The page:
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Arm prepares for public offering and announces new CEO as NVIDIA scraps $40bn bid to acquire it

NVIDIA has scrapped its $40bn bid to buy Cambridge-based Arm, which has now appointed a new CEO and is preparing for a public offering.

The US tech giant cited the “significant regulatory challenges” to the deal as the reason it is walking away from its attempts to acquire the computer chip designer from Japanese conglomerate Softbank.

Arm responded by appointing Rene Haas as successor to Simon Segars as Arm CEO.

Rene Haas, CEO of Arm. Picture: Arm
Rene Haas, CEO of Arm. Picture: Arm

Masayoshi Son, chairman and CEO of SoftBank Group Corp, said: “Rene is the right leader to accelerate Arm’s growth as the company starts making preparations to re-enter the public markets. I would like to thank Simon for his leadership, contributions and dedication to Arm over the past 30 years.”

And Jensen Huang, founder and CEO of NVIDIA, said: “Arm has a bright future, and we’ll continue to support them as a proud licensee for decades to come.

“Arm is at the center of the important dynamics in computing. Though we won’t be one company, we will partner closely with Arm.

“The significant investments that Masa has made have positioned Arm to expand the reach of the Arm CPU beyond client computing to supercomputing, cloud, AI and robotics. I expect Arm to be the most important CPU architecture of the next decade.”

NVIDIA’s bid to buy Arm, announced September 2020, collapsed in the face of mounting questions over its impact.

Jensen Huang, co-founder and CEO of NVIDIA with a rendering of the company’s new HQ
Jensen Huang, co-founder and CEO of NVIDIA with a rendering of the company’s new HQ

The UK’s Competition and Markets Authority (CMA) raised concerns last August that the merger might restrict the access of NVIDIA’s rivals to Arm’s technology, which is licensed to firms making semiconductor chips and other products.

Arm’s technology is found in most of the world’s smartphones, including Apple’s and Samsung’s, along with computers and devices.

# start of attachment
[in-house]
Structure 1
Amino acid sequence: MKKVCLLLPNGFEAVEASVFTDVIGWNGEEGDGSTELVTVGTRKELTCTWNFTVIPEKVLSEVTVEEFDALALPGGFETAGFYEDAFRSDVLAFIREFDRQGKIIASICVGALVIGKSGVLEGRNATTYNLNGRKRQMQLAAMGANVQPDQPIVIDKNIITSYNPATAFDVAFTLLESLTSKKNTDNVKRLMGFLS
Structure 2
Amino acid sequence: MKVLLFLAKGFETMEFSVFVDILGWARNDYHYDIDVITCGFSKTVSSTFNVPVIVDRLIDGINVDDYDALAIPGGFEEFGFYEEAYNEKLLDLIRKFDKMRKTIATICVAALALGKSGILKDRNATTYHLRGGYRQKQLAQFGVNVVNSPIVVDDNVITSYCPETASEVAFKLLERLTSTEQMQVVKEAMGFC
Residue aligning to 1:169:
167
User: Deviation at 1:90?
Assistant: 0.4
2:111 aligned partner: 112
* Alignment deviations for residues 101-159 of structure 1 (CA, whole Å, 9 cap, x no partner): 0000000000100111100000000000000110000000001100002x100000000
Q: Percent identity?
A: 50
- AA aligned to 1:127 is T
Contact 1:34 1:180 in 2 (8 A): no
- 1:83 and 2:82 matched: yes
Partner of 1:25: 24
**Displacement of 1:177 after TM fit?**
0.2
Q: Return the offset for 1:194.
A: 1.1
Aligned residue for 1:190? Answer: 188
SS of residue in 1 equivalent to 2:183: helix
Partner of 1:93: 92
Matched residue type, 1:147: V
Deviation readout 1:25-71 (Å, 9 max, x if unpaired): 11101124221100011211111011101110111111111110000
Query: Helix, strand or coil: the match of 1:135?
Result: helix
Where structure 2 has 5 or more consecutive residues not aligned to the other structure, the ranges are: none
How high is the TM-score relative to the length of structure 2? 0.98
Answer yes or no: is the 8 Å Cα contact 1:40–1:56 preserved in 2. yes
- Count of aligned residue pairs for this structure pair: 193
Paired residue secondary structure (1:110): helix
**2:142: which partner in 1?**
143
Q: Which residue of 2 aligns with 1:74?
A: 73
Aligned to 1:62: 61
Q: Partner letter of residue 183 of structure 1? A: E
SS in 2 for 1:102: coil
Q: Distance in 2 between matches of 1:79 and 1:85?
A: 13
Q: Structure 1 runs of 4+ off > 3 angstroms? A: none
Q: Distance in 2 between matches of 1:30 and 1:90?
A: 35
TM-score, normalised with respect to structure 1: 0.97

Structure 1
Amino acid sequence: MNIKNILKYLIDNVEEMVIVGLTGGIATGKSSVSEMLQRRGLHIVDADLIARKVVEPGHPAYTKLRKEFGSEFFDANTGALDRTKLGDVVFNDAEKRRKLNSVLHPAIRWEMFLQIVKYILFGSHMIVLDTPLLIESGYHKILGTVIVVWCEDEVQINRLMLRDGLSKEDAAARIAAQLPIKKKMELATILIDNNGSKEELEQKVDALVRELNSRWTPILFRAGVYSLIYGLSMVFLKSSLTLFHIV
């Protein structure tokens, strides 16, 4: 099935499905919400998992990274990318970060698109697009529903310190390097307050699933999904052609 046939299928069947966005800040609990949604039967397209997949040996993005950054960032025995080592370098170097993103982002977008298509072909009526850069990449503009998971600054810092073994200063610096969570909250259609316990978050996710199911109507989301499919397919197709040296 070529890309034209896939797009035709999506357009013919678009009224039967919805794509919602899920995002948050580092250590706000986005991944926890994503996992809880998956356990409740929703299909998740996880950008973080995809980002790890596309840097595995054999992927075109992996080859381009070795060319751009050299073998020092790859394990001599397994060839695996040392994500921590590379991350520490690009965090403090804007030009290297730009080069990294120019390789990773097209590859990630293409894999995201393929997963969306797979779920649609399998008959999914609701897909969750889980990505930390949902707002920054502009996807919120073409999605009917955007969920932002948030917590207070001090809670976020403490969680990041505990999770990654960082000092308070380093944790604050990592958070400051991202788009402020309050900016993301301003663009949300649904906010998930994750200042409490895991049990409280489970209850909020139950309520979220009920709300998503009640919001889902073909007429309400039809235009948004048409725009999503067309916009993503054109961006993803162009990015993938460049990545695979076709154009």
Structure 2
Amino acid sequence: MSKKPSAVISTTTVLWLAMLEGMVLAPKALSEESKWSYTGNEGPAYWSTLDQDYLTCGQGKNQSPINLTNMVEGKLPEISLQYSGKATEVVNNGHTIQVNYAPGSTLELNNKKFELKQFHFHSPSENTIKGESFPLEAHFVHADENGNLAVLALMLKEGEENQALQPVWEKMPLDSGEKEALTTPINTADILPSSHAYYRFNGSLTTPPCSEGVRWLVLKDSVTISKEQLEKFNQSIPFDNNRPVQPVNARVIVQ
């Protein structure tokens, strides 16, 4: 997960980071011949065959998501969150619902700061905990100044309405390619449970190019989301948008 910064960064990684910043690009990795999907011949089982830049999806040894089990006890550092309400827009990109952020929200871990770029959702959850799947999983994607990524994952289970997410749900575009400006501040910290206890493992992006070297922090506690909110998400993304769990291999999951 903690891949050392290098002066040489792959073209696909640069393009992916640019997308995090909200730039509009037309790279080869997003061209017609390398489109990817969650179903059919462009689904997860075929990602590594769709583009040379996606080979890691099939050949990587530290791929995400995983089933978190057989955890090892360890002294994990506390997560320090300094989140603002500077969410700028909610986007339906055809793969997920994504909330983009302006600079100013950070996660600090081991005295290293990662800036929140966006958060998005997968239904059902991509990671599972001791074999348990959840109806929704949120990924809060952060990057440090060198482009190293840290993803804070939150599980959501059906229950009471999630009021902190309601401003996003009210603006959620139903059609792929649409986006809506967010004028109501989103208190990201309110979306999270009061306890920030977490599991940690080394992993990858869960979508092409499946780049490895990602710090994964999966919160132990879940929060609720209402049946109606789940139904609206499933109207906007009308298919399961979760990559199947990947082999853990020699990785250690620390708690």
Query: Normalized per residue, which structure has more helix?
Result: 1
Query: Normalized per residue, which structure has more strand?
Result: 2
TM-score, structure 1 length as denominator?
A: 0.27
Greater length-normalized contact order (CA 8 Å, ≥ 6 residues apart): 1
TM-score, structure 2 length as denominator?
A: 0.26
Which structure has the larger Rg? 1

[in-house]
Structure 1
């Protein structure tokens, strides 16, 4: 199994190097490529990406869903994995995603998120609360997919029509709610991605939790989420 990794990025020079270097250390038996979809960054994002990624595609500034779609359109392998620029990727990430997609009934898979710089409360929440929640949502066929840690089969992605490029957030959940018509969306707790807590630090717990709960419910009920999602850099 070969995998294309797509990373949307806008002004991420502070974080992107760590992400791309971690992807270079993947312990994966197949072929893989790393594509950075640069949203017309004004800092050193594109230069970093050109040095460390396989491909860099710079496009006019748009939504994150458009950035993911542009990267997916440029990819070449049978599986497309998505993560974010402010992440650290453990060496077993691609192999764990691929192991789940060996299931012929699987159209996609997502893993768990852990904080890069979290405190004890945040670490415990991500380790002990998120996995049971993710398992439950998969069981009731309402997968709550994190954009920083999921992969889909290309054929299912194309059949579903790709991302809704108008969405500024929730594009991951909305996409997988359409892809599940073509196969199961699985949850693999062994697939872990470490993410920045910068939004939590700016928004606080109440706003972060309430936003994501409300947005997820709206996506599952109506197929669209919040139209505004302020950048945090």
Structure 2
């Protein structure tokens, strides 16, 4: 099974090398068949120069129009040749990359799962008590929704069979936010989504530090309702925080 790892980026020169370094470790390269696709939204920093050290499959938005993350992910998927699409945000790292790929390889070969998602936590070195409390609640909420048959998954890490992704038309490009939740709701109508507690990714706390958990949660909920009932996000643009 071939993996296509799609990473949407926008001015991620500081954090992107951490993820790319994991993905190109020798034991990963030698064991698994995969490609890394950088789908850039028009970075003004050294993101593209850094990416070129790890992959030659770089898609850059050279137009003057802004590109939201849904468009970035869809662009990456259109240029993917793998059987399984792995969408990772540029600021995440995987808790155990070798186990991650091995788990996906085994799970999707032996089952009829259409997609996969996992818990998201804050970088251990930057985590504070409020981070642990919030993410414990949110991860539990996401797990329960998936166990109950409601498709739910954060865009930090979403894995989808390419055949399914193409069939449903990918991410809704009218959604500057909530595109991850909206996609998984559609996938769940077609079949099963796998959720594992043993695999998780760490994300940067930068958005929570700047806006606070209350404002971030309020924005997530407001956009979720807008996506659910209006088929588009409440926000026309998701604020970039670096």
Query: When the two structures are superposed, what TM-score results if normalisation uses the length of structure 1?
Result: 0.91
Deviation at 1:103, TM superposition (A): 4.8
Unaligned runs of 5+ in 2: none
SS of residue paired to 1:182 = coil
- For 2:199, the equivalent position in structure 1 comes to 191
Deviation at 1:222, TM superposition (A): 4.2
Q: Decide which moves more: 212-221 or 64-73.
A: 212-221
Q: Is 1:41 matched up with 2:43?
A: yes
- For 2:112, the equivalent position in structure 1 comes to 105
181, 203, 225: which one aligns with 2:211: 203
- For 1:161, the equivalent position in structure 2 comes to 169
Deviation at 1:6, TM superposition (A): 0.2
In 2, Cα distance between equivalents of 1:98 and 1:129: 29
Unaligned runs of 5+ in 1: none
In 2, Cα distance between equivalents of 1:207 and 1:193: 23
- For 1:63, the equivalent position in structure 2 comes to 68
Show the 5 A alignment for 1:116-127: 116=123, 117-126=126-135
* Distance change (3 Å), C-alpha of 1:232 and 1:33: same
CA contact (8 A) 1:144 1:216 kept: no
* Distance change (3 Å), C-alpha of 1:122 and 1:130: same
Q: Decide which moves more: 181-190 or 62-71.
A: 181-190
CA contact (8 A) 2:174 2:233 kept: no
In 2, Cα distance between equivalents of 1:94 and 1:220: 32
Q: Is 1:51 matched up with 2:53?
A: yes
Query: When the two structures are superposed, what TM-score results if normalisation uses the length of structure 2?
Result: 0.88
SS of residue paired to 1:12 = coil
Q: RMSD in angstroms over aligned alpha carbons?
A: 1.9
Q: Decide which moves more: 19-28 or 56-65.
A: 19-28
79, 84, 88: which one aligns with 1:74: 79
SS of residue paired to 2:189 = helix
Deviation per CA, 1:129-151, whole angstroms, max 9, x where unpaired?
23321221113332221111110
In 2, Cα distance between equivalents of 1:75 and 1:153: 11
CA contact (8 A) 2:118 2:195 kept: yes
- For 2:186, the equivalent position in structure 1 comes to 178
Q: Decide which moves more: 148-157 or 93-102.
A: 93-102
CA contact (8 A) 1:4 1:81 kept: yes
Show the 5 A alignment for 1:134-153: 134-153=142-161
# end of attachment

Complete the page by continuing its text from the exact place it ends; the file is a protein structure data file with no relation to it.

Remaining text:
Concerns that its famous ‘Switzerland’ business model of licensing were at risk persisted, despite NVIDIA insisting it would be retained.

Arm’s HQ on Fulbourn Road. Picture: Keith Heppell
Arm’s HQ on Fulbourn Road. Picture: Keith Heppell

The European Commission announced an in-depth probe into the deal in October 2021, and a month later culture secretary Nadine Dorries ordered a phase two investigation on national security and competition grounds in November.

The Federal Trade Commission - a US government agency - then announced it was suing NVIDIA to block the deal and prevent competition and innovation being stifled.

Further hurdles were expected in China.

SoftBank said it was confident Arm’s technology and intellectual property would “continue to be at the centre of mobile computing and the development of artificial intelligence” and would work with the company on a public offering of Arm within the fiscal year ending March 31, 2023.

“Arm is becoming a centre of innovation not only in the mobile phone revolution, but also in cloud computing, automotive, the Internet of Things and the metaverse, and has entered its second growth phase,” said Mr Son. “We will take this opportunity and start preparing to take Arm public, and to make even further progress.